Cover image of WAY TO GO by Tom Ryan

Cover image of WAY TO GO by Tom Ryan

As summer vacation begins on the island of Cape Breton in Nova Scotia, 17-year-old Danny feels lost, with no career aspirations and the burden of hiding that he’s gay. He’s also having trouble relating to his two best friends—brash, confident Kierce and laid-back Jay. When Danny starts working at a new restaurant as a dishwasher, he discovers a passion for cooking, becomes sous chef at the restaurant, and bonds with Lisa, a hip and sophisticated waitress from New York City with troubles of her own. Set in 1994 (when the author was himself a teenager), Ryan’s debut novel focuses on Danny’s frustrations and self-doubt (“Being gay was the last thing on earth that I wanted, but my body refused to cooperate with my brain”). Though Danny’s angst and dithering may frustrate gay teens who are comparatively more self-confident in their sexuality, those who, like Danny, feel like “an island of gayness in an ocean of straightness,” should identify with his search for a path of his own.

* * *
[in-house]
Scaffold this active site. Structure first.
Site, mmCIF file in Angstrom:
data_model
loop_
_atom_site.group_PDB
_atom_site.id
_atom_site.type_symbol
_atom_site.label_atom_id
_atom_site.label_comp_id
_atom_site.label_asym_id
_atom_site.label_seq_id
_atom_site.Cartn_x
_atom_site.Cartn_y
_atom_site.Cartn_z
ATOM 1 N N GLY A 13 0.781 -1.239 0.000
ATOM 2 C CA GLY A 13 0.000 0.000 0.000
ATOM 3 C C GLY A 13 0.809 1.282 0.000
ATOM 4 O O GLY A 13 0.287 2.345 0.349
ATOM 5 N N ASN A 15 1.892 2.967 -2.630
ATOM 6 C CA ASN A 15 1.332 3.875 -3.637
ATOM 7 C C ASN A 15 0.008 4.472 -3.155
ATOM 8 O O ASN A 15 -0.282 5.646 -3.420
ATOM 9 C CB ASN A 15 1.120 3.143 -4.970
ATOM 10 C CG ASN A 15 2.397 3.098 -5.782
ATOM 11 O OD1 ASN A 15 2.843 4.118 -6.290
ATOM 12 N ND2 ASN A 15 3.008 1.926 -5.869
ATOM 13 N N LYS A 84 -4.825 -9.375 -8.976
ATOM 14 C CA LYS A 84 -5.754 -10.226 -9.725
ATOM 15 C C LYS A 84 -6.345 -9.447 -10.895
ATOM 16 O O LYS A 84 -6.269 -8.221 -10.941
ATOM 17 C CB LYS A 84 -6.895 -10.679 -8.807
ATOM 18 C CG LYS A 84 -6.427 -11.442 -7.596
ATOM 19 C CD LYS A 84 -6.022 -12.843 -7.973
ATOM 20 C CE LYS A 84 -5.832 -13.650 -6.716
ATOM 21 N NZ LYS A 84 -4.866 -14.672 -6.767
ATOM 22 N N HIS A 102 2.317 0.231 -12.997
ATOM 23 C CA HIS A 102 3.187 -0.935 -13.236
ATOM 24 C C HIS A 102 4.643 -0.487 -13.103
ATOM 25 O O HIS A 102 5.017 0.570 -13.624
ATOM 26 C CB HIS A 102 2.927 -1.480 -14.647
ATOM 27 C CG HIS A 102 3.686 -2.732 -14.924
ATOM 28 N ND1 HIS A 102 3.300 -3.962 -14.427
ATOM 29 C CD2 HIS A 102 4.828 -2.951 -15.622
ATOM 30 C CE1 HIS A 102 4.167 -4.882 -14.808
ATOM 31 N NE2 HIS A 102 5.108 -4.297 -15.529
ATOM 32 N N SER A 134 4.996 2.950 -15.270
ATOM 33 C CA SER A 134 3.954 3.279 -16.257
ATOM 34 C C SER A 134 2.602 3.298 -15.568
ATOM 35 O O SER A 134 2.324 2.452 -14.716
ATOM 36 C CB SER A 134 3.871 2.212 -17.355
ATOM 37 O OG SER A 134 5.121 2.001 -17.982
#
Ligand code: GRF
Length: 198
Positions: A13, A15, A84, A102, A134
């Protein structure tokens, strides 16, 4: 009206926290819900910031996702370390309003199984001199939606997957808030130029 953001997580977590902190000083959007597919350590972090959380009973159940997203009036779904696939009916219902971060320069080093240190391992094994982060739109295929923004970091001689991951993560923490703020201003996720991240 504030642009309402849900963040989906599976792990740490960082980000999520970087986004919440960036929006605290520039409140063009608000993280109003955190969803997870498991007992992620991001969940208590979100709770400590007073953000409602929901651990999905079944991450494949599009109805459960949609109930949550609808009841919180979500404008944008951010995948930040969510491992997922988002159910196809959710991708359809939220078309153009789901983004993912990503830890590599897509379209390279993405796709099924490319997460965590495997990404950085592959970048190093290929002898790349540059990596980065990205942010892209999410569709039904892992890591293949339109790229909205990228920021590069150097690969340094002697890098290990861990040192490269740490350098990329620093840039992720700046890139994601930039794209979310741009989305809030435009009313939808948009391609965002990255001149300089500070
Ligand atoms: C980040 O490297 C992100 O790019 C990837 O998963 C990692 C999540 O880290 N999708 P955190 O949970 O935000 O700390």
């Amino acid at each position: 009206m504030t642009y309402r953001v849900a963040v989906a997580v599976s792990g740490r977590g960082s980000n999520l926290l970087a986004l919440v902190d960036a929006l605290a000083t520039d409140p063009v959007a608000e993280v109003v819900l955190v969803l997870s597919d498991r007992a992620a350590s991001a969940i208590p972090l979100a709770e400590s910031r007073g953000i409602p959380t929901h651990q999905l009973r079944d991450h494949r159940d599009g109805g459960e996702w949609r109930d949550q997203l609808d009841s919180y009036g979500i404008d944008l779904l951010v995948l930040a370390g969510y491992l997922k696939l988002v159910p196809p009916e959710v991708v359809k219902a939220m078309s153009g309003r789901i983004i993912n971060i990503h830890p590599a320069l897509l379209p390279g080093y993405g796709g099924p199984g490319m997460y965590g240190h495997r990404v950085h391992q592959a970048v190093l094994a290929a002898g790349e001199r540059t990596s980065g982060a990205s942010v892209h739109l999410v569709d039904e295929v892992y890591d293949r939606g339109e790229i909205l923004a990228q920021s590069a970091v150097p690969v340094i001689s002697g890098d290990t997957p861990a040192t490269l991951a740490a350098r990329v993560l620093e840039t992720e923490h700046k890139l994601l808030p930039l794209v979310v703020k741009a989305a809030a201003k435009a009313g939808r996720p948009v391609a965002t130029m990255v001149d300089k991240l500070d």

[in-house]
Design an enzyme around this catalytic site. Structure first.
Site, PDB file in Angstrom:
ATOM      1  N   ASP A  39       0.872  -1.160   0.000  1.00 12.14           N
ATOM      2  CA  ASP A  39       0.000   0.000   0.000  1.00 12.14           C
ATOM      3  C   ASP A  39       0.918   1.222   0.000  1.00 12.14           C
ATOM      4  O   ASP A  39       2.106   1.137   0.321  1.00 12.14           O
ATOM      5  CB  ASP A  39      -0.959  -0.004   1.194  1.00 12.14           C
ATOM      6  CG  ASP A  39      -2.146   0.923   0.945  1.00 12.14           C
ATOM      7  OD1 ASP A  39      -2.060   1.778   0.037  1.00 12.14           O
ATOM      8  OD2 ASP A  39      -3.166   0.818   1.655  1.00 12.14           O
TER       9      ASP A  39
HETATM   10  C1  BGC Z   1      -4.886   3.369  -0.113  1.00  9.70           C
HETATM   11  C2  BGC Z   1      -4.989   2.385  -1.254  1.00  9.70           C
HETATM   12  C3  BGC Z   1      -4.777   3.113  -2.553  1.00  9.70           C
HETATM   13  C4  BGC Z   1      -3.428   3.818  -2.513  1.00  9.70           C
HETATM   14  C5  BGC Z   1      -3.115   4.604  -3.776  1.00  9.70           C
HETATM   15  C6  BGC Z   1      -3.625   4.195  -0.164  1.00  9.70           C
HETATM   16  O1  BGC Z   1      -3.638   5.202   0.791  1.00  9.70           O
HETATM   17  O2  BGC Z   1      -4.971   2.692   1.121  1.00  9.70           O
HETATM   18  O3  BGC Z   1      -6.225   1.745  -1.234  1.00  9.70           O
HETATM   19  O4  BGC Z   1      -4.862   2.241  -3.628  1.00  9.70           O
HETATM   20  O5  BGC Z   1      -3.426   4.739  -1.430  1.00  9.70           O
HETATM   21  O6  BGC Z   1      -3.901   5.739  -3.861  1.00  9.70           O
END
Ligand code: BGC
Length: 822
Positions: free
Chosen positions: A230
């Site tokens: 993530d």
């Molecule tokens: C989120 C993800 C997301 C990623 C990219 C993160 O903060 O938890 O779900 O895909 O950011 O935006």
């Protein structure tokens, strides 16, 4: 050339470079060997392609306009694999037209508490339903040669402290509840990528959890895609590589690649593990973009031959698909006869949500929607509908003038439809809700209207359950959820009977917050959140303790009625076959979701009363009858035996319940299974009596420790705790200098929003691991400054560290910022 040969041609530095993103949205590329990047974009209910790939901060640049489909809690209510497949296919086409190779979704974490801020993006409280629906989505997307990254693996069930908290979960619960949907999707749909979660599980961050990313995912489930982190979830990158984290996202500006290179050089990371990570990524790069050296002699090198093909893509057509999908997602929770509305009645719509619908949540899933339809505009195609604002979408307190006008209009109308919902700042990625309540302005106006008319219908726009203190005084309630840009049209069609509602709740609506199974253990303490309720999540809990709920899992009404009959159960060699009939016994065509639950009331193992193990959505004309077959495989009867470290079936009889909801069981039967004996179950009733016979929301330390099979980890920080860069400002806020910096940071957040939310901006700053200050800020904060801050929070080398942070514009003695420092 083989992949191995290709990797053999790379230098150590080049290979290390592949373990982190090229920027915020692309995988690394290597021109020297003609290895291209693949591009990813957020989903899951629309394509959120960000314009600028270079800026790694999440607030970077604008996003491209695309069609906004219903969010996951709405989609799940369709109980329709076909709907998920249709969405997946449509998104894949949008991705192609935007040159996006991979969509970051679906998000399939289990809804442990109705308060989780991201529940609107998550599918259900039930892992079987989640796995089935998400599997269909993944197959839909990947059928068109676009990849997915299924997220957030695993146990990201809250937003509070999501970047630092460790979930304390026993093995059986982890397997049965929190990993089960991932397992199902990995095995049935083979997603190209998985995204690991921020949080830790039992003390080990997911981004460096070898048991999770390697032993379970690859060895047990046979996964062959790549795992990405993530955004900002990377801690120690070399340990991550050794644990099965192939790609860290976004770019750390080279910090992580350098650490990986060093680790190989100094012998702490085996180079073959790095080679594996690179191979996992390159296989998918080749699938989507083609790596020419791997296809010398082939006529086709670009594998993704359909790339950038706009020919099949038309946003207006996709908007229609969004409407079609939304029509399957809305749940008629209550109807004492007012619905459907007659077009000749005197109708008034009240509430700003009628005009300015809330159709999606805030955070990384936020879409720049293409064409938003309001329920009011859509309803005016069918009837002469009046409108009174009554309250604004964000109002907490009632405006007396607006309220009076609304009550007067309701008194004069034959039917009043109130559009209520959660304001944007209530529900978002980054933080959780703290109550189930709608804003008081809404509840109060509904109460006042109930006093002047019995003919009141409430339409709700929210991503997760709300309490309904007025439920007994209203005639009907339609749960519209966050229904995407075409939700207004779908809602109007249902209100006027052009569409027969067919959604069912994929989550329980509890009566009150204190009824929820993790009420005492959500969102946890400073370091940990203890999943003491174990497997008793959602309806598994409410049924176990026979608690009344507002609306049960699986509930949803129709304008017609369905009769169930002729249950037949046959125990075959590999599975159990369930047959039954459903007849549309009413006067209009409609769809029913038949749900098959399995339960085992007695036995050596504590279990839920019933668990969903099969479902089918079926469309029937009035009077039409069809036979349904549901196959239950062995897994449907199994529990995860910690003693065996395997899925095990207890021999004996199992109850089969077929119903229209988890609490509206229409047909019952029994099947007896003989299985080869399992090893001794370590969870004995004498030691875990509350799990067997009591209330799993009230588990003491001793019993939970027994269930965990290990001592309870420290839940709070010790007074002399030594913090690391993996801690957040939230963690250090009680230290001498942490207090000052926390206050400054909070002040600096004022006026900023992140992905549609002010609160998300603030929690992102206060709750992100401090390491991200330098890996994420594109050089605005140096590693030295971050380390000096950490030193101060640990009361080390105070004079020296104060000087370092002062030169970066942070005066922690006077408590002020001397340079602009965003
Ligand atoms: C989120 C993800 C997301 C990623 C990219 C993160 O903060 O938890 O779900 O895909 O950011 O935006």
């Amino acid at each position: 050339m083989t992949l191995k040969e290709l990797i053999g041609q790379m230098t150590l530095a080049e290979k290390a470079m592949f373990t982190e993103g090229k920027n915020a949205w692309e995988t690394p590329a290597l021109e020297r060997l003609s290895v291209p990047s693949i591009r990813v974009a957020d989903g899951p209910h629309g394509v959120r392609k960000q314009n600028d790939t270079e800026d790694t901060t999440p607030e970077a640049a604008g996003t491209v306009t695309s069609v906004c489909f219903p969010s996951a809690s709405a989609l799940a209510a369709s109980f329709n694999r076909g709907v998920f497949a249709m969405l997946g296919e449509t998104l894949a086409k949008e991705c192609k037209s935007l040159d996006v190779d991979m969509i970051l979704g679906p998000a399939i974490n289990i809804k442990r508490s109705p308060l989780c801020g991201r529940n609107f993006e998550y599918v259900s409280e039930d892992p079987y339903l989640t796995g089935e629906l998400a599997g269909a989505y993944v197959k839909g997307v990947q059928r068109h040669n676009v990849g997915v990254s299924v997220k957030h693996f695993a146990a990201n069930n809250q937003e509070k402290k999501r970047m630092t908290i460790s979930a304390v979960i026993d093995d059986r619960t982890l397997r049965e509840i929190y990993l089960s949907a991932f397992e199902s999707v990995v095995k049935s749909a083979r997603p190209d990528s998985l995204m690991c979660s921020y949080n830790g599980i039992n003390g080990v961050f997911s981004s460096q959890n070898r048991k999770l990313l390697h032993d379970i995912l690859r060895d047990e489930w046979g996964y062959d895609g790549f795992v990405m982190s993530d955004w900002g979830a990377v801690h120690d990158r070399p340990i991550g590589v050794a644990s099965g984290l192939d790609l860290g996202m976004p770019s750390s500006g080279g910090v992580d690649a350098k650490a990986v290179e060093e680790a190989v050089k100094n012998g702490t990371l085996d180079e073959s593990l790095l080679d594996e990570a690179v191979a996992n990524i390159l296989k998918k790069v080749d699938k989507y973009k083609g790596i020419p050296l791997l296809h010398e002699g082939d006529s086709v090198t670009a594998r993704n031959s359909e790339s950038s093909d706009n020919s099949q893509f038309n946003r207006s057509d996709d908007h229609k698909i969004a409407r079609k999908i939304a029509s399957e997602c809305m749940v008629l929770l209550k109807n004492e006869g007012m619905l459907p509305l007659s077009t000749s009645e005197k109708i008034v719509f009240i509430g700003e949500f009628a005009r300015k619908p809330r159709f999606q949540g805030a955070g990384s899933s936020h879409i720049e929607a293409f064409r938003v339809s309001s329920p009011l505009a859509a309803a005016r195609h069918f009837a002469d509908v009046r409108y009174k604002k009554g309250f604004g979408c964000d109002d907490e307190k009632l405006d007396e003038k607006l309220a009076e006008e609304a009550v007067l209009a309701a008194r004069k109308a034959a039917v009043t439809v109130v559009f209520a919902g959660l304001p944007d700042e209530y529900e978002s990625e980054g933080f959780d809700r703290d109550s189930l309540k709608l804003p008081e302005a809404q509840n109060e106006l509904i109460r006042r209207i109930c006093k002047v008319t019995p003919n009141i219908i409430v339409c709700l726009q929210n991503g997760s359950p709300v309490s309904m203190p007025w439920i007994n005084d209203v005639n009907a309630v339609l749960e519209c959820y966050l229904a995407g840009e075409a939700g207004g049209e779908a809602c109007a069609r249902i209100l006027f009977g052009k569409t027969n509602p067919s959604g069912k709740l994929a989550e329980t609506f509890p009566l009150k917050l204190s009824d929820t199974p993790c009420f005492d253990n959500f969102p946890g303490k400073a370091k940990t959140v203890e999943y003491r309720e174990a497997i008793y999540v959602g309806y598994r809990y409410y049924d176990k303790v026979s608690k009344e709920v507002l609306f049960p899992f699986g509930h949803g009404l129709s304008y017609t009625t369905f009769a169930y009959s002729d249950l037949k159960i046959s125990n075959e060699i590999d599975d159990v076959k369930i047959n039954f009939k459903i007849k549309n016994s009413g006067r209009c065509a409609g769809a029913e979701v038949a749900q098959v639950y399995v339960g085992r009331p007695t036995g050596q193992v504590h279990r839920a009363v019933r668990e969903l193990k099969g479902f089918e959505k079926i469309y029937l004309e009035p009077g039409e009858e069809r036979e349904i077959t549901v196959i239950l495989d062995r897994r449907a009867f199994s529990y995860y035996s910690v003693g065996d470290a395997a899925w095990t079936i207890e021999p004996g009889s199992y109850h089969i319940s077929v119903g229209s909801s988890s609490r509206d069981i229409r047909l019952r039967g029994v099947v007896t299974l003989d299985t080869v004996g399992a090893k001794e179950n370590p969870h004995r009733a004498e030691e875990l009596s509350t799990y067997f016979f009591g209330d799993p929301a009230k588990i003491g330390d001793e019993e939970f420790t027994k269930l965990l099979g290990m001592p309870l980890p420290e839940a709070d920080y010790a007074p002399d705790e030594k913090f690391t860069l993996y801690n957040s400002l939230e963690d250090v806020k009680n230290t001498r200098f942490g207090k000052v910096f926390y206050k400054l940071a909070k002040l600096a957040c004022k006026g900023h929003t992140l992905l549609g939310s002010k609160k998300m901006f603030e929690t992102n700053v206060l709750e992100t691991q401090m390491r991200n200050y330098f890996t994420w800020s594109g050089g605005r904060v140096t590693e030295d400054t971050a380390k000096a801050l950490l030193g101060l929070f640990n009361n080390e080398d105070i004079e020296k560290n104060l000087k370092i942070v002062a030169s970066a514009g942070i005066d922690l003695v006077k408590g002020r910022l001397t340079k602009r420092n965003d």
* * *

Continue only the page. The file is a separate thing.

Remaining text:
First novel by Tom Ryan

Published by Orca Book Publishers, 2012, $12.95
224 pages
ISBN 9781459800779


The main character, Danny, is part of a triumvirate of high school boys who have known each other since childhood. They live in a small Canadian town in Nova Scotia. The novel takes place mostly in the summer of 1994, though the historical setting is not particularly relevant to the story. It could easily take place in almost any contemporary year. The boys’ connections to each other wane over the course of the novel, during which the main character takes a summer job working as a dishwasher for a woman who grew up in the town and has recently returned, after her mother’s death. She is stereotypically lesbian, and Ryan offers clues from the introduction of the character–her loud voice, her too-firm handshake. Danny meets Lisa, a high-spirited beauty who lives in NYC, but is spending the summer with her aunt because her mother is hospitalized. The fact that the main character is gay, or trying to determine if he is, is not incidental to the story, but it’s also not integral either. Some characters are throw-aways–Danny’s little sister Alma, for example, who quotes lines from old movies in every scene in which she appears. The novel is a quick read and the plotting is interesting enough. The characters are well-drawn generally, if not overly compelling. It is a coming-out novel and it does seem realistic in its portrayal of the main character’s concerns, but the stakes are quite low. There’s no real sense of danger in any of the relationships.




Lambda Literary, September 2, 2012

The Examiner, March 8, 2013


Author’s Website: http://tomwrotethat.com

Twitter: https://twitter.com/tomwrotethat

Headshot of Tom Ryan

Headshot of Tom Ryan

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